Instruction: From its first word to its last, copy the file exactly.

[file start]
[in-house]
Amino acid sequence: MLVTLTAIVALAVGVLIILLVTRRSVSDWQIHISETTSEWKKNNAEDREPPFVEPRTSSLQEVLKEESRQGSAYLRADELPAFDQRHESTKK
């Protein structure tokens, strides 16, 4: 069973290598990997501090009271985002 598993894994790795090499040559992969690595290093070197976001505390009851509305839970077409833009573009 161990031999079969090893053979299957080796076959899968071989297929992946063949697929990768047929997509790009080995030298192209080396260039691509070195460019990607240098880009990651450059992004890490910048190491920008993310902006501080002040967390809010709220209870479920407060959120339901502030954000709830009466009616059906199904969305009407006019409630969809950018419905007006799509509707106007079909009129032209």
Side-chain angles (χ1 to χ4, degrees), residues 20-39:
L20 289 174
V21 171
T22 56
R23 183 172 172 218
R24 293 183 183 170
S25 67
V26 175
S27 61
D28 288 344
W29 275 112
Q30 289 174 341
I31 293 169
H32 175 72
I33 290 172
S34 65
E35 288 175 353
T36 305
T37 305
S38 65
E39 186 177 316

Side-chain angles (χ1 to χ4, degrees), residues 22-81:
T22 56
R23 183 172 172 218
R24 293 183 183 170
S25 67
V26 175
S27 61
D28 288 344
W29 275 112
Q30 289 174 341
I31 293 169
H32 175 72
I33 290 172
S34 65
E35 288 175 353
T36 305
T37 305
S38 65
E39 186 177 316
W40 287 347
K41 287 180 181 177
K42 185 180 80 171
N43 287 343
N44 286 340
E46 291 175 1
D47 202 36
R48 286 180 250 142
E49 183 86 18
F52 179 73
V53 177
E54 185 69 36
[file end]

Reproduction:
[in-house]
Amino acid sequence: MLVTLTAIVALAVGVLIILLVTRRSVSDWQIHISETTSEWKKNNAEDREPPFVEPRTSSLQEVLKEESRQGSAYLRADELPAFDQRHESTKK
């Protein structure tokens, strides 16, 4: 069973290598990997501090009271985002 598993894994790795090499040559992969690595290093070197976001505390009851509305839970077409833009573009 161990031999079969090893053979299957080796076959899968071989297929992946063949697929990768047929997509790009080995030298192209080396260039691509070195460019990607240098880009990651450059992004890490910048190491920008993310902006501080002040967390809010709220209870479920407060959120339901502030954000709830009466009616059906199904969305009407006019409630969809950018419905007006799509509707106007079909009129032209």
Side-chain angles (χ1 to χ4, degrees), residues 20-39:
L20 289 174
V21 171
T22 56
R23 183 172 172 218
R24 293 183 183 170
S25 67
V26 175
S27 61
D28 288 344
W29 275 112
Q30 289 174 341
I31 293 169
H32 175 72
I33 290 172
S34 65
E35 288 175 353
T36 305
T37 305
S38 65
E39 186 177 316

Side-chain angles (χ1 to χ4, degrees), residues 22-81:
T22 56
R23 183 172 172 218
R24 293 183 183 170
S25 67
V26 175
S27 61
D28 288 344
W29 275 112
Q30 289 174 341
I31 293 169
H32 175 72
I33 290 172
S34 65
E35 288 175 353
T36 305
T37 305
S38 65
E39 186 177 316
W40 287 347
K41 287 180 181 177
K42 185 180 80 171
N43 287 343
N44 286 340
E46 291 175 1
D47 202 36
R48 286 180 250 142
E49 183 86 18
F52 179 73
V53 177
E54 185 69 36